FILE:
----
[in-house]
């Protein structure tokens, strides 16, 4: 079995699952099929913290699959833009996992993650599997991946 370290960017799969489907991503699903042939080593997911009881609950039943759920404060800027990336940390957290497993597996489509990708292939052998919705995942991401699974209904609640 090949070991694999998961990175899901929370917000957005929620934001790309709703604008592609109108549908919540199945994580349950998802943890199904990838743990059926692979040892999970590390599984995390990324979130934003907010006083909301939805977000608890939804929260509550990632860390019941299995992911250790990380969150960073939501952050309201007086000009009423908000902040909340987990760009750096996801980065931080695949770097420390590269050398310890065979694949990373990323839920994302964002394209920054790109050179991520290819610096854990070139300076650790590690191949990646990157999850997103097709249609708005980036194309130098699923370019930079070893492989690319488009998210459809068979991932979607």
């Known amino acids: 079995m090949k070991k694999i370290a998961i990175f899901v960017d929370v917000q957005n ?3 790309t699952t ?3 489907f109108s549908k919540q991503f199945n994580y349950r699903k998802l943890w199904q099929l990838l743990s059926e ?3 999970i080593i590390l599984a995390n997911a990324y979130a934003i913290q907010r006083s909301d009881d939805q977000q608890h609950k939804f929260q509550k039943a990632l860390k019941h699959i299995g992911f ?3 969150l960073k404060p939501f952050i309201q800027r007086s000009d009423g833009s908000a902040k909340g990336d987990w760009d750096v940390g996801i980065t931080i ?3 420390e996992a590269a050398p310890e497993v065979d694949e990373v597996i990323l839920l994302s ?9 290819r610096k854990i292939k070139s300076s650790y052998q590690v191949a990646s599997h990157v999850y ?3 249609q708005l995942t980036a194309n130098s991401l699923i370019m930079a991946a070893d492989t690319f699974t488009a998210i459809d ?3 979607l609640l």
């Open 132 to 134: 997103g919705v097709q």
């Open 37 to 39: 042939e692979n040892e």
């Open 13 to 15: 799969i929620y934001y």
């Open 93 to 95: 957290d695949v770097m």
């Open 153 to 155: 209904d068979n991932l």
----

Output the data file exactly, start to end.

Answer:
[in-house]
């Protein structure tokens, strides 16, 4: 079995699952099929913290699959833009996992993650599997991946 370290960017799969489907991503699903042939080593997911009881609950039943759920404060800027990336940390957290497993597996489509990708292939052998919705995942991401699974209904609640 090949070991694999998961990175899901929370917000957005929620934001790309709703604008592609109108549908919540199945994580349950998802943890199904990838743990059926692979040892999970590390599984995390990324979130934003907010006083909301939805977000608890939804929260509550990632860390019941299995992911250790990380969150960073939501952050309201007086000009009423908000902040909340987990760009750096996801980065931080695949770097420390590269050398310890065979694949990373990323839920994302964002394209920054790109050179991520290819610096854990070139300076650790590690191949990646990157999850997103097709249609708005980036194309130098699923370019930079070893492989690319488009998210459809068979991932979607």
């Known amino acids: 079995m090949k070991k694999i370290a998961i990175f899901v960017d929370v917000q957005n ?3 790309t699952t ?3 489907f109108s549908k919540q991503f199945n994580y349950r699903k998802l943890w199904q099929l990838l743990s059926e ?3 999970i080593i590390l599984a995390n997911a990324y979130a934003i913290q907010r006083s909301d009881d939805q977000q608890h609950k939804f929260q509550k039943a990632l860390k019941h699959i299995g992911f ?3 969150l960073k404060p939501f952050i309201q800027r007086s000009d009423g833009s908000a902040k909340g990336d987990w760009d750096v940390g996801i980065t931080i ?3 420390e996992a590269a050398p310890e497993v065979d694949e990373v597996i990323l839920l994302s ?9 290819r610096k854990i292939k070139s300076s650790y052998q590690v191949a990646s599997h990157v999850y ?3 249609q708005l995942t980036a194309n130098s991401l699923i370019m930079a991946a070893d492989t690319f699974t488009a998210i459809d ?3 979607l609640l």
């Open 132 to 134: 997103g919705v097709q």
């Open 37 to 39: 042939e692979n040892e």
């Open 13 to 15: 799969i929620y934001y």
């Open 93 to 95: 957290d695949v770097m």
């Open 153 to 155: 209904d068979n991932l």